The football markings remain on the field, with additional white stripes put down for foul lines, batters boxes and outlines of the base paths.
The sounds of the game were standard stuff: “Let’s go 11!” and “Way to hang!” A second baseman was told to play as deep as he wanted, because “The ball’s gonna get there quick” on the turf. When the ball bounced, whether off the bat or into the ground on a pitch, tiny shards of rubber were kicked up in a strong imitation of infield dirt. The Sabres wore their full game uniforms while the Spuds were in numberless team T-shirts.The first pitcher to take the mound was Moorhead junior Sam Haiby, a Division I basketball recruit who is in her first year on the varsity baseball team.
As players wearing metal spikes walked from a behind-the-scenes batting cage to the field through a concrete corridor, a stadium employee said, “It sounds like an army marching in.”
Some outfielders and players sitting in the right field bullpen wore sunglasses to protect against the sun streaming through the roof. It was warm in the ballpark, warmer than any Minnesota ballplayer is accustomed to in April. The outdoor temperature was 62 degrees, and it was warmer than that inside.
“You don’t know how hot it is out there,” one of the Sabres said to his teammates after coming off the field and sitting in the shade of the chicken coop.
Afterwards, Moorhead senior Carter Howell said of the stadium, “It was pretty crazy, walking in and seeing it. I thought it would be more air-conditioned, be a little cooler.”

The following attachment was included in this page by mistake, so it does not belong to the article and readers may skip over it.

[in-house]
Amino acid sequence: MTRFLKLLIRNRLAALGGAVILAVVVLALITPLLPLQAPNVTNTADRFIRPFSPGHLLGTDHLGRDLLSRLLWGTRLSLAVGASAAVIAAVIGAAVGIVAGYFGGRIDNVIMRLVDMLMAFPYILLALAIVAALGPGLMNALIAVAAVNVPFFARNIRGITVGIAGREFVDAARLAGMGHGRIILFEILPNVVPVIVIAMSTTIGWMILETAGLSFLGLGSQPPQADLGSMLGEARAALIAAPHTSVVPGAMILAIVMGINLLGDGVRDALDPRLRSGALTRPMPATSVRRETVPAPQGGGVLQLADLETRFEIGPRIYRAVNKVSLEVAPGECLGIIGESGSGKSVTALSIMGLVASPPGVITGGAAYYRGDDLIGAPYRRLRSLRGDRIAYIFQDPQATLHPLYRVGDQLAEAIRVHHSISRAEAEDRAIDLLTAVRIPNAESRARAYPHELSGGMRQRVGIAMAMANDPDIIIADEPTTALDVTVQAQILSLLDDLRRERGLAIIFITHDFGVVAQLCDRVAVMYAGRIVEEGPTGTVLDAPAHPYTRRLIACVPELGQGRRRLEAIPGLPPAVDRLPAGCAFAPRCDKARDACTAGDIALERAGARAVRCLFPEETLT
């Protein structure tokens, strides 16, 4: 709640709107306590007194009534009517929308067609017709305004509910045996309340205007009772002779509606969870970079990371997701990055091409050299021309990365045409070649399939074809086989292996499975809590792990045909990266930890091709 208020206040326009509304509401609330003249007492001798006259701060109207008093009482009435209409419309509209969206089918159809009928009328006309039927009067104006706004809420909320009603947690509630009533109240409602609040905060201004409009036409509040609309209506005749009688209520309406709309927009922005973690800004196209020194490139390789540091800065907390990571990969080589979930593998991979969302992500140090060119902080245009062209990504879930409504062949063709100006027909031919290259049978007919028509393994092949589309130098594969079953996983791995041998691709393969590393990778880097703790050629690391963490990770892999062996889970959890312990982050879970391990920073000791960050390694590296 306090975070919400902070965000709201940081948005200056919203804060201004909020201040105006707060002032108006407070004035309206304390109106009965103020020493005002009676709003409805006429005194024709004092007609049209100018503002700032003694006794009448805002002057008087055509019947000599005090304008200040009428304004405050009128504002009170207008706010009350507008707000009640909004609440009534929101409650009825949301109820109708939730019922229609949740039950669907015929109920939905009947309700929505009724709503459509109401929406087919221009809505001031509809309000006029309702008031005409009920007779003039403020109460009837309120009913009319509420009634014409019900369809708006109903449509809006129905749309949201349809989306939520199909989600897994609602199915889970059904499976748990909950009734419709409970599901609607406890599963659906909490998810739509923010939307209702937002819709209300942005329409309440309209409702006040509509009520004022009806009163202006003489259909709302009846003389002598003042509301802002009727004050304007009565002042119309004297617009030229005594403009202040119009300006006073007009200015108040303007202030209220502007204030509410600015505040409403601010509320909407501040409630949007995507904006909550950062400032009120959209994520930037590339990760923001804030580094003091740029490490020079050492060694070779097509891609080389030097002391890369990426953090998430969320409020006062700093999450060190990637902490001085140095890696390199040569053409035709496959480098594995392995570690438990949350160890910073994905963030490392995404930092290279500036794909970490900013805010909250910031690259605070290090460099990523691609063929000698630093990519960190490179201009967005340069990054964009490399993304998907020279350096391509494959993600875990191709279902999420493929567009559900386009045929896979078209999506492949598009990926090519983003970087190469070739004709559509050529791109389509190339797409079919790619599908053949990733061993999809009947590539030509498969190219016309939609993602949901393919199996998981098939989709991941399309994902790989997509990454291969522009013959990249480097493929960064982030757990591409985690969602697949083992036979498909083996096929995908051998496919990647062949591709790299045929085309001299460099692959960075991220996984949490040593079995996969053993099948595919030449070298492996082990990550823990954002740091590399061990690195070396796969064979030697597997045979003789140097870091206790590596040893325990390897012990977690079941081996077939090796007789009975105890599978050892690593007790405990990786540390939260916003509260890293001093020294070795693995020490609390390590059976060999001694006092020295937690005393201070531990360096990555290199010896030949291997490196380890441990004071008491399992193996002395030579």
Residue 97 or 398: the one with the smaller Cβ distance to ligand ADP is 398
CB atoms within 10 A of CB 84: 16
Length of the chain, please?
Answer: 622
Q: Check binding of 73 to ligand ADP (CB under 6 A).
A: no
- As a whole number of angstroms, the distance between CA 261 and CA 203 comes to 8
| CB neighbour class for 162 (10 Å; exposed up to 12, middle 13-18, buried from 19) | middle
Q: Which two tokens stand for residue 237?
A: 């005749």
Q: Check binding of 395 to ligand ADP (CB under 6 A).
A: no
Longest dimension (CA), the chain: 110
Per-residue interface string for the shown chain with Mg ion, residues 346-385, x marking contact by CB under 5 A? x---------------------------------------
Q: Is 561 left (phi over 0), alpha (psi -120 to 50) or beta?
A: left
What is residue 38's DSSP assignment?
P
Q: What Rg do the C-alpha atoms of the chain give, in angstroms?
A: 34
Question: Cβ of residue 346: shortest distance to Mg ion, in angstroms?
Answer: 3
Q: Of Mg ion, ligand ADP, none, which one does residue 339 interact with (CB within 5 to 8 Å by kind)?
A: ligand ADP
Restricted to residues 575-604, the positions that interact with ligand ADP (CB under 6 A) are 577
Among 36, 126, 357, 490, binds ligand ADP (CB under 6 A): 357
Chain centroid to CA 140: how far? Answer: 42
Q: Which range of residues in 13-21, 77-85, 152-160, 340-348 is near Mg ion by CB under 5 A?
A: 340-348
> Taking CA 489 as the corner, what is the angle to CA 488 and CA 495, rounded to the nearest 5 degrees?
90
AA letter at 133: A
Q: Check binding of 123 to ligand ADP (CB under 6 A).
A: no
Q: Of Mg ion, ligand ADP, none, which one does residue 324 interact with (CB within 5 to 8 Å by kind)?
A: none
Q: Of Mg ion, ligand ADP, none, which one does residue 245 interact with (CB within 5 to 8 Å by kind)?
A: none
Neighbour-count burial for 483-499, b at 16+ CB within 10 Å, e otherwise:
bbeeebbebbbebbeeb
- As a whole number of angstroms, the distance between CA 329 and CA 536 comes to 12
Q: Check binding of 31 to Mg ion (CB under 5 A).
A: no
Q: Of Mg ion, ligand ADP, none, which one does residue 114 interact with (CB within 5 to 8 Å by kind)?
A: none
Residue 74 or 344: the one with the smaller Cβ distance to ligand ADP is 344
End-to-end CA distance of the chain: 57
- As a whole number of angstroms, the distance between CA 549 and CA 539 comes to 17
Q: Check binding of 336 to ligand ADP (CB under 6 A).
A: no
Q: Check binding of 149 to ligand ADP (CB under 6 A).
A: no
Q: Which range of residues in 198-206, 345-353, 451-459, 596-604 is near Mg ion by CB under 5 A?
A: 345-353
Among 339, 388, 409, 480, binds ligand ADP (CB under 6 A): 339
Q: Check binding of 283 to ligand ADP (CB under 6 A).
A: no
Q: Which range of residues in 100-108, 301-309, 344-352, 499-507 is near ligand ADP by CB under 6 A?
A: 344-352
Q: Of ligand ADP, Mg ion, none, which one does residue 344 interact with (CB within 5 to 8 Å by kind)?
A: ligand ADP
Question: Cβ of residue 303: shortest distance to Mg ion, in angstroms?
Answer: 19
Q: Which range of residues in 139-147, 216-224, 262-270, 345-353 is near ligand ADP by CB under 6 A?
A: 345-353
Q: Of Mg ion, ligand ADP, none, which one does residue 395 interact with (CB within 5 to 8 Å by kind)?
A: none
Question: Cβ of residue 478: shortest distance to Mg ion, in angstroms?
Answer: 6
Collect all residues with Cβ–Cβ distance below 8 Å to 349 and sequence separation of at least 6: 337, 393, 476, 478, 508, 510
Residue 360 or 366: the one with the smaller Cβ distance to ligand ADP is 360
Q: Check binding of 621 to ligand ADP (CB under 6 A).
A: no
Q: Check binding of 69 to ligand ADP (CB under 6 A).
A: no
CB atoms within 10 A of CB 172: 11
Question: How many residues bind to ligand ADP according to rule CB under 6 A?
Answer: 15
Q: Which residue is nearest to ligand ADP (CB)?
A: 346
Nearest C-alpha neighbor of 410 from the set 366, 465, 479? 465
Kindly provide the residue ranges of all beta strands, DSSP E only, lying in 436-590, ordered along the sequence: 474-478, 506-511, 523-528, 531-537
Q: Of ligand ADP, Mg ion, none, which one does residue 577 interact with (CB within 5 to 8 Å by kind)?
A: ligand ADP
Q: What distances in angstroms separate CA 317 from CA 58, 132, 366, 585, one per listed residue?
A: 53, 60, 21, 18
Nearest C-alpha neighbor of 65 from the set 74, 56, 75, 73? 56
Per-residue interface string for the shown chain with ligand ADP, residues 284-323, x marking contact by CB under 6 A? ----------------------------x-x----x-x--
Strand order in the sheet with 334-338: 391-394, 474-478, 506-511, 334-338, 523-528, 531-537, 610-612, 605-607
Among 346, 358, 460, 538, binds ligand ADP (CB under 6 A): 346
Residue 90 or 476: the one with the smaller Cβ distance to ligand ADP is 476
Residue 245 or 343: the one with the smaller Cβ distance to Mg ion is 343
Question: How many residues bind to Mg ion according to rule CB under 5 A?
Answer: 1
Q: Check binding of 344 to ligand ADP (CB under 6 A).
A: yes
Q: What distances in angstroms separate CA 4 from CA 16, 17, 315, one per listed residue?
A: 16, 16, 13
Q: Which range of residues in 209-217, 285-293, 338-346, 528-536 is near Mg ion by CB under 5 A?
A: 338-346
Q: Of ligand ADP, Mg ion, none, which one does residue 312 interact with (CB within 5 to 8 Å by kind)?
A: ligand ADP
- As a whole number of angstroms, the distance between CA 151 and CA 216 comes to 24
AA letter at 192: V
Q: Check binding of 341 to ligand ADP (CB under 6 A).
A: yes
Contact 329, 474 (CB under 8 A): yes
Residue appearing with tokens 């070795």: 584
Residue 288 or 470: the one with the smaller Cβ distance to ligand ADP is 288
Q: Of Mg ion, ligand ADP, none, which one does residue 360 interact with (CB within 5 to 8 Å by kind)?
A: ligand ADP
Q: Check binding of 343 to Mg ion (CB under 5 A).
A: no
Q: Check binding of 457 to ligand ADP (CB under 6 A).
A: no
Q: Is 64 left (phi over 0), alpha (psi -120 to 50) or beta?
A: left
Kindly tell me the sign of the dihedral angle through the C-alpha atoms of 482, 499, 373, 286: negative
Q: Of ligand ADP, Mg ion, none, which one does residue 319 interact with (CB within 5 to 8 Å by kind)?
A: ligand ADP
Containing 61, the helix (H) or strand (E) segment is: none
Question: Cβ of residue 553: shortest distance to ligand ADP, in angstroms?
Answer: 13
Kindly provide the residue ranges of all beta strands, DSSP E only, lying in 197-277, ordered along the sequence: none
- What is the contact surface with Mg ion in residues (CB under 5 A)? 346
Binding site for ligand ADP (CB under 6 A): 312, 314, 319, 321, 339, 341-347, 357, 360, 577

While the teams played, the business of the big stadium continued. Employees put a fresh shine on the floor in the exclusive Delta 360 Club behind the third-base dugout, a place for big spenders to hang out on Vikings game days. Later, a tour guide stood in the Delta 360 Club with a group of visitors. He explained how much club users pay for tickets, to which one of the tourists responded, “HOW much!?”
No scoreboards were used during the scrimmage and there was no stadium announcer. The three-hour time slot was counted down on a digital clock near one of the giant video screens, which are dark during high school play. As the window for Moorhead and Sartell began to close in the final minutes, players sprinted on and off the field as coaches yelled, “Go! Go! Go!”
On their team Twitter account (@SpudBaseball), the Spuds had been counting down the days until they walked onto the field in downtown Minneapolis.
“Ever since day 100, we’ve been counting it down on Twitter so the boys have been getting excited to be here and now it happened,” Salvevold said. “We’re getting our feet wet and getting ready for the season, I think that’s the most important thing.”
As the clock struck zero, the Spuds and Sabres exchanged handshakes and then posed for a two-team photo as parents and others put their cell-phone cameras to use from the stands.
One of the fans said with a laugh, “You don’t even have to rake the field before you leave!”
A few minutes later, the keys were turned in two buses that were loaded with ballplayers and their gear in the stadium’s airplane-hanger-sized loading dock. Everybody went home happy.
BY THE NUMBERS
*Schools/teams John has seen/visited: 562
*Miles John has driven in the Toyota Camry in 2016-17: 9,489
*Follow John on Twitter: @MSHSLjohn